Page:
Our President and Co-Founder, Chris Kelly, sat down with John Federico of EventHero to discuss meetings at Techsytalk 2014. Watch them talk about all things meetings and how to turn the “Conference Center” upside down.

Convene’s goal is to be the easiest place in the world to host a great meeting. But peeling the onion back a couple layers, when we started the company in 2009 it wasn’t the product of being industry insiders. In fact, it was the exact opposite. I was very far away from this industry and I took a macro view at the world with my business partner [Ryan Simonetti], and we were looking for an industry that was really in need of drastic improvement. What we observed was that while the nature of work, resources, and technology that surrounded work had evolved so much even in the past 5, but especially 10 and 15 years that the nature of physical space and services was still stuck in the era of typewriters and the industrial revolution.

The first thing we [noticed] is that good conference centers at least tend to be suburban or retreat type destinations. We brought our locations to where our clients are. We understand that people want to travel less and they want to work more as it relates to workplace. We brought our physical spaces closer and then we started developing our product which we see as being a combination of physical space and services.

We started developing a product where every single detail of the physical space, the service and the style of the service, the food service, and like very relevant here, the technology. We’re completely reimagined to help to materially produce a better meeting.


A Meeting Is Not A Meeting

We dared to ask, “So what do you do inside the meeting room when we close the door?”

What we found is that there are three distinct meeting types:

  1. Evaluative Meetings-where decisions are made
  2. Generative Meetings-where ideas are created through the process of inspiring the participants, extracting their ideas, combining and synthesizing them into some more important outcome, which is the goal of the meeting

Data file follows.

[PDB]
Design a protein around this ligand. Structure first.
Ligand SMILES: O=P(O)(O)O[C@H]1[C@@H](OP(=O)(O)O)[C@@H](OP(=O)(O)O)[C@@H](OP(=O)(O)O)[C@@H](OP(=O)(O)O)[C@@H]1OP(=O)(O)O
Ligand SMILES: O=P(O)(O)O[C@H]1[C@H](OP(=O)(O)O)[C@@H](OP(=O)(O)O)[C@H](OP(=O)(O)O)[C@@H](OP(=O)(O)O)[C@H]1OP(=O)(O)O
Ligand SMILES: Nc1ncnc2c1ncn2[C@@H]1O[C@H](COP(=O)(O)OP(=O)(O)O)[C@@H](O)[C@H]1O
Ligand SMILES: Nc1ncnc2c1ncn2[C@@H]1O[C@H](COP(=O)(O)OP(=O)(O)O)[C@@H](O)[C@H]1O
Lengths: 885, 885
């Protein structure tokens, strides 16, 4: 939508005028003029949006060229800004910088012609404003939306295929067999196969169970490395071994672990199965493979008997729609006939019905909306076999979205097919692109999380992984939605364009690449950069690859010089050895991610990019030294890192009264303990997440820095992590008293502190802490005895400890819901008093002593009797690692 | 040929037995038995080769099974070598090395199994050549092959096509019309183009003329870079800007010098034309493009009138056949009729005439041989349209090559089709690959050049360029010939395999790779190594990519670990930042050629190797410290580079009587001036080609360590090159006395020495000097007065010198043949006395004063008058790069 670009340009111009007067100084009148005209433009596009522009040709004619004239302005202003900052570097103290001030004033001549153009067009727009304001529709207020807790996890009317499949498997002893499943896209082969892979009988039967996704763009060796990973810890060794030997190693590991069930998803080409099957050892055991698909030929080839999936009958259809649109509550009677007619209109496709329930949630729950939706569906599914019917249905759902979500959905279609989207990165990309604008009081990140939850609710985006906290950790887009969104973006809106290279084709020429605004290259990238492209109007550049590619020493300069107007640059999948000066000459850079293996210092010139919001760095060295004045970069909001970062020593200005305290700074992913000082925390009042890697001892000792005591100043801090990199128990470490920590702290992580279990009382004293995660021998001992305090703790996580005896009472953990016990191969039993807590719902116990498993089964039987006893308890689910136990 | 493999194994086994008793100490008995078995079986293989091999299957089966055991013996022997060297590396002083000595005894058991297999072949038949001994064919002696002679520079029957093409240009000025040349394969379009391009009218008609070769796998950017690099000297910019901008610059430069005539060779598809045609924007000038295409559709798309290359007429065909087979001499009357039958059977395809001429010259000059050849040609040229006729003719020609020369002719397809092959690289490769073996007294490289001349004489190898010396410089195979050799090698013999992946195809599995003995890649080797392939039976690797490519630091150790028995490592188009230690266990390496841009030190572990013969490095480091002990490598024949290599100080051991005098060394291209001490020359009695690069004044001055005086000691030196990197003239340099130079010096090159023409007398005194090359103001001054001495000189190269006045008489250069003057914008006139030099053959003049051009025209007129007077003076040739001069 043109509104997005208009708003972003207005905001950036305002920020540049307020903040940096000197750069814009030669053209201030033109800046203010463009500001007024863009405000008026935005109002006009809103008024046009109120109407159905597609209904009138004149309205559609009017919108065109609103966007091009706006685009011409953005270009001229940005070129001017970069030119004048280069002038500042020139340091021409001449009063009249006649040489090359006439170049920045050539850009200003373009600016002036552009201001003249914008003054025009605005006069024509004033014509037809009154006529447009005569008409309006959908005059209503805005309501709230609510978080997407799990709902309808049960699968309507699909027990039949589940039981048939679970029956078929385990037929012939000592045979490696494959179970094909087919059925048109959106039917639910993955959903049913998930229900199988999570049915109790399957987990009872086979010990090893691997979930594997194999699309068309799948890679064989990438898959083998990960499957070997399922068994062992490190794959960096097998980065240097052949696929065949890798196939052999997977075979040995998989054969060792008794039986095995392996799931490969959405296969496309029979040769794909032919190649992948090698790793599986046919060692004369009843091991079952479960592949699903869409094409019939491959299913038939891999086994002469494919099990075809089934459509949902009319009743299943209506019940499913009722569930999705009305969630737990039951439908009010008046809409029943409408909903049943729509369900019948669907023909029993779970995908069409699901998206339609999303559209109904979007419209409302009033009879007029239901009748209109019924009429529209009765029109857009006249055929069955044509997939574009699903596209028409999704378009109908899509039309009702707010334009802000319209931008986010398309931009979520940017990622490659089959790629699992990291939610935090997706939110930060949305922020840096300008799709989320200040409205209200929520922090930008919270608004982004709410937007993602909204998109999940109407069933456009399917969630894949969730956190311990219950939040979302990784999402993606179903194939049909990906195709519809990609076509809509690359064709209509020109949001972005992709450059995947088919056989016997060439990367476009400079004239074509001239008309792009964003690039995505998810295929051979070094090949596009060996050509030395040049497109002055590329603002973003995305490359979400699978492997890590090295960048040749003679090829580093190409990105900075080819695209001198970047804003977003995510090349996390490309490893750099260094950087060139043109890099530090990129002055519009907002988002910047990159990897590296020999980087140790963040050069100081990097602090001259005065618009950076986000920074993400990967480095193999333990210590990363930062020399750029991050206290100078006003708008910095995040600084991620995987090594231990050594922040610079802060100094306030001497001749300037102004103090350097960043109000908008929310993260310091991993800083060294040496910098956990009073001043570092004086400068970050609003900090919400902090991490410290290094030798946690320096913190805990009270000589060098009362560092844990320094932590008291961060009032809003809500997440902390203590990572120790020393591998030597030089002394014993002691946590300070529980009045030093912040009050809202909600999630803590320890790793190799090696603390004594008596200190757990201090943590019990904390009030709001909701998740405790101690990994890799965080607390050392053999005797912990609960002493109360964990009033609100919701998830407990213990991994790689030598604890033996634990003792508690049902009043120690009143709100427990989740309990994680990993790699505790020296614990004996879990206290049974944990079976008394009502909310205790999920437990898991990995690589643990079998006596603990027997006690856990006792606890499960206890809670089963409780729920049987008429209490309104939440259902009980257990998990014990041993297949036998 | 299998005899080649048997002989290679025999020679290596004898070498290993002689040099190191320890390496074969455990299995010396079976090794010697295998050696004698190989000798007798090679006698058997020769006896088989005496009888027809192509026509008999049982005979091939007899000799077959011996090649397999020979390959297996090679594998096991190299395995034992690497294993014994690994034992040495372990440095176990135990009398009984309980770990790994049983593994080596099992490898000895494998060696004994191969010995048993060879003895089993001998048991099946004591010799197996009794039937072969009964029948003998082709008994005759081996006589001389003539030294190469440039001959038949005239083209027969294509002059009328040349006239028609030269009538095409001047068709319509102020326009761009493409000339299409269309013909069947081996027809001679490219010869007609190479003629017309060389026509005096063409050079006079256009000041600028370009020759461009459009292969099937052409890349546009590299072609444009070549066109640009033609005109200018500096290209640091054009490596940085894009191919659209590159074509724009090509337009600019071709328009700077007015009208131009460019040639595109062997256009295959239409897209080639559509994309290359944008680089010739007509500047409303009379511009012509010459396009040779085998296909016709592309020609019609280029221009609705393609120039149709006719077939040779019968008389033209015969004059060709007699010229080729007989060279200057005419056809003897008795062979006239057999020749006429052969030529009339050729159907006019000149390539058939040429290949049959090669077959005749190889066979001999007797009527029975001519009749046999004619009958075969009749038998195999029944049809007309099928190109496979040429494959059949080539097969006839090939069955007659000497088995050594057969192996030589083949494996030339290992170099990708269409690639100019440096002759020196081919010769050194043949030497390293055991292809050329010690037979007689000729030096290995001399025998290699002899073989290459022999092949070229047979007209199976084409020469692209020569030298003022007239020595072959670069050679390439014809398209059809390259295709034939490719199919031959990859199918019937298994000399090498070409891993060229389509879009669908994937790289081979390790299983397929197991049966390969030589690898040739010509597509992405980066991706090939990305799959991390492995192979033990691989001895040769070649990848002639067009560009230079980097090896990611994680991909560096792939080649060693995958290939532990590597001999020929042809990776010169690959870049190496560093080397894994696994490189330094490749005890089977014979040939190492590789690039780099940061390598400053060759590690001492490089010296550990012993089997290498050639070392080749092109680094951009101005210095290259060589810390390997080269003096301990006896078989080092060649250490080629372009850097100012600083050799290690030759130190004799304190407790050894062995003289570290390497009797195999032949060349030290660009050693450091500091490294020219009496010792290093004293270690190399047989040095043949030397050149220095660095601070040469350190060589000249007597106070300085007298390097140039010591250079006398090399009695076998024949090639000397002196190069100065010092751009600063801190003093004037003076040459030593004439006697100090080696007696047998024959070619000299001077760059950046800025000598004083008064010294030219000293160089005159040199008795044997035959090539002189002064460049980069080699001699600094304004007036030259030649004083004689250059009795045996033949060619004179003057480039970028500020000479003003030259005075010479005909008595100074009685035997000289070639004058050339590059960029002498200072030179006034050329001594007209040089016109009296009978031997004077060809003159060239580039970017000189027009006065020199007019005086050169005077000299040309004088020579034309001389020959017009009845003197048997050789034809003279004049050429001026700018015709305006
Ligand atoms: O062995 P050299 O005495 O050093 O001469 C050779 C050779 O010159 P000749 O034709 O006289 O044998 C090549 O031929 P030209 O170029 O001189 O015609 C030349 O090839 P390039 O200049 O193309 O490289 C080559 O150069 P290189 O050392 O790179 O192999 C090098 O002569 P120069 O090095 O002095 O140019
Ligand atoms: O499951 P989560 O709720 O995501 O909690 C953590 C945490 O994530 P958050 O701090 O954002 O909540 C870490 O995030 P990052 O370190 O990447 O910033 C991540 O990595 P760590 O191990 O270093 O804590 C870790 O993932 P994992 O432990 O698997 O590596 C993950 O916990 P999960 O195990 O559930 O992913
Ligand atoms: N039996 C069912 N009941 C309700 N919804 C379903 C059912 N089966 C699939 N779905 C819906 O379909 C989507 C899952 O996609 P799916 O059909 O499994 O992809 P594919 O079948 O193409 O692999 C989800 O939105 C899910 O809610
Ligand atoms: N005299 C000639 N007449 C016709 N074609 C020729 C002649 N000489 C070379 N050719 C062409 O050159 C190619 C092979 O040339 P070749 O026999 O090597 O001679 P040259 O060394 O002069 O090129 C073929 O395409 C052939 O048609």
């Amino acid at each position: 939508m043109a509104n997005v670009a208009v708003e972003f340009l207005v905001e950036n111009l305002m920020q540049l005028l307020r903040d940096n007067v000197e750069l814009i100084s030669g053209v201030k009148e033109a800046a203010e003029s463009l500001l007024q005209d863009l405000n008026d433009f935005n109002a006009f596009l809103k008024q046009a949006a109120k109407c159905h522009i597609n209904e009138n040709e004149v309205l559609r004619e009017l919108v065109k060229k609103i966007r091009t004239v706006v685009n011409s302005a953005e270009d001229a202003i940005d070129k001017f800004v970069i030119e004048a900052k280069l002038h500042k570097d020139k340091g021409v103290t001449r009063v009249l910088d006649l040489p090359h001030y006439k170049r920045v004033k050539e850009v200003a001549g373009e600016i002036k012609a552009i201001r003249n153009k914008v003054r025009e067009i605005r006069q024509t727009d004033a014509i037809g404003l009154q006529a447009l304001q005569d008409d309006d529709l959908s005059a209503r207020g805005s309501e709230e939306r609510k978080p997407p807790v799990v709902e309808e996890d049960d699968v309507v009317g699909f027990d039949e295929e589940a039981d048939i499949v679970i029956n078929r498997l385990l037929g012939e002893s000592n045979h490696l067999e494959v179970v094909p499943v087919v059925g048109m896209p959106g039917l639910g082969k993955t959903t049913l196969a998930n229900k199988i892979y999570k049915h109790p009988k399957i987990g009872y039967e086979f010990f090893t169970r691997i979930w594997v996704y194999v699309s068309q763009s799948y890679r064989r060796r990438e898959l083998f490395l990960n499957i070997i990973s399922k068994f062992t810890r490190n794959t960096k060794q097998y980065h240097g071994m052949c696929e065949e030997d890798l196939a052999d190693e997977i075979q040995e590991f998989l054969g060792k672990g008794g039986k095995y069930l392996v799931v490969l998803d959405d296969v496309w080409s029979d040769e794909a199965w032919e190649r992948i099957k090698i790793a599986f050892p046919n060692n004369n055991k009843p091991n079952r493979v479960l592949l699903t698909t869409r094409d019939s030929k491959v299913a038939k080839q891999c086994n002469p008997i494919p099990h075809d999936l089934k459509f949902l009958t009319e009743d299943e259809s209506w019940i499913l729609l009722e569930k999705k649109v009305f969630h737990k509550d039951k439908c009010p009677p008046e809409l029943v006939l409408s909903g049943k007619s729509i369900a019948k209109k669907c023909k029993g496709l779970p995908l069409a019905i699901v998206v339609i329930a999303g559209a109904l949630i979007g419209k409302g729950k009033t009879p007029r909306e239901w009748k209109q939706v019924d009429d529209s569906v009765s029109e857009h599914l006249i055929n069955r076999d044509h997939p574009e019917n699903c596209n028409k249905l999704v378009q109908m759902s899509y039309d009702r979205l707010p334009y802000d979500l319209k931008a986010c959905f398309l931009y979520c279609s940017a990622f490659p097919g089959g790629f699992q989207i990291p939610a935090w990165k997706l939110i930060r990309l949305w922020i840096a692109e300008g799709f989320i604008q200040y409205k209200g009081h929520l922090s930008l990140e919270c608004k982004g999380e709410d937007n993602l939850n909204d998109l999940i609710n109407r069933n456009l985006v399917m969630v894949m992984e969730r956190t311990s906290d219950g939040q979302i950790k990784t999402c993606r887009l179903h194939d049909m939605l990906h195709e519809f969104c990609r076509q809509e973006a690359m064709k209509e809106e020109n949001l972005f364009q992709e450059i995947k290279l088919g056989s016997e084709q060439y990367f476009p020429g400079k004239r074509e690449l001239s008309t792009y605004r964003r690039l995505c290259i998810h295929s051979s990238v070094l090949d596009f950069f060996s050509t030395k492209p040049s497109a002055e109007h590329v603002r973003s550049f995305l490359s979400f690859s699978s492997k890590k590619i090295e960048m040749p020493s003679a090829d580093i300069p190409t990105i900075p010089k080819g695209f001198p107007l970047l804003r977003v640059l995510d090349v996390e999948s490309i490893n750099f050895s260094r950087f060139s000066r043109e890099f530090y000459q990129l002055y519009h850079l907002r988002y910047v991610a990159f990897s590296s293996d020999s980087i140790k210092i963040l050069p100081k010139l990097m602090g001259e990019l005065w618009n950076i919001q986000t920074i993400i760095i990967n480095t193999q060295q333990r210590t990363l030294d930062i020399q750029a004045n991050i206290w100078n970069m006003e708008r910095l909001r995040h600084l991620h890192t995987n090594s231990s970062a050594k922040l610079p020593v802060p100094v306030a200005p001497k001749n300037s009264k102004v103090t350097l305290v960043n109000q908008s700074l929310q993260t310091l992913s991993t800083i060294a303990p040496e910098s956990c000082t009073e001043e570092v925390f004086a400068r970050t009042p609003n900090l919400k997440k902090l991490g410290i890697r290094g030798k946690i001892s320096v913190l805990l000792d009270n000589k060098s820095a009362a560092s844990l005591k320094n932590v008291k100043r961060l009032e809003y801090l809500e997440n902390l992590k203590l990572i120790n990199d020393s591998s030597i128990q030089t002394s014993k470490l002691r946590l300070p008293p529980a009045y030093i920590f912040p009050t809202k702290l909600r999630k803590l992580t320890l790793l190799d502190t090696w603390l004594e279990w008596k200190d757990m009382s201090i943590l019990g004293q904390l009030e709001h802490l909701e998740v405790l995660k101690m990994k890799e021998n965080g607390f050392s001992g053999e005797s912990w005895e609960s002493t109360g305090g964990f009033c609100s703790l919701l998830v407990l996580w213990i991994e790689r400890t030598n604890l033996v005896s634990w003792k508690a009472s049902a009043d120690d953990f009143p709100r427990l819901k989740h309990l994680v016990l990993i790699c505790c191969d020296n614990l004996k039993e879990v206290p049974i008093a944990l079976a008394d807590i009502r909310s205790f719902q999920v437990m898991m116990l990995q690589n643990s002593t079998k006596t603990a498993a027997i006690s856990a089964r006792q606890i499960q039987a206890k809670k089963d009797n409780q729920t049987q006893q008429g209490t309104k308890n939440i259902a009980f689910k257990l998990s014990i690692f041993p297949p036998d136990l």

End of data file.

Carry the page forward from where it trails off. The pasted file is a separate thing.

3. Informative Meetings– where there is a predetermined set of information that’s being shared with an audience (i.e. sales training)

“Once we understood those three different meeting types, we were able to design around them and physically improve those outcomes. Not every meeting is exclusively one or the other, but typically there is a dominant purpose of the meeting. And all you have to do is ask and people will tell you. They know real quickly.”

 

Understanding the Role of the Meeting Planner

“The first step in understanding how to serve stakeholders better and how to serve meetings better, is to break down the different stakeholders and the different meetings into their finest parts, and then understand the nuances and proprietary needs that each one of those categories has. We don’t look at our client as being a singular demographic. We look at our client and say, “Well, there is a meeting planner who has different needs and preferences, and concerns, and aspirations than the lead facilitator or delegate, or executive who has different priorities from the general participants.” We understand that within those demographics that each industry might have a different dynamic that a sales conference where networking is happening is different than an internal training program.

“I think people just need to really appreciate the role of a meeting planner. I don’t even think a lot of meeting planners understand their strategic relevance to the companies and organizations that they work for, that this is not about logistics and moving tables and chairs, and selecting what’s for lunch. This is about being the orchestrator of intellectual capital.”

 

A lot of people focus on the aesthetic or kind of catchy, ‘eventsy’ type things. If you’re really a meeting planner or you’re really organizing the intellectual capital of the organization, you need to fully embrace that role and need to help within the executives and within the other people of the organizations. We really need to collectively as a community and industry work toward creating better awareness of the strategic importance of meeting planning and hosted events because there’s a real big opportunity out there and we all have an obligation to satisfy it.

 

 

 

 


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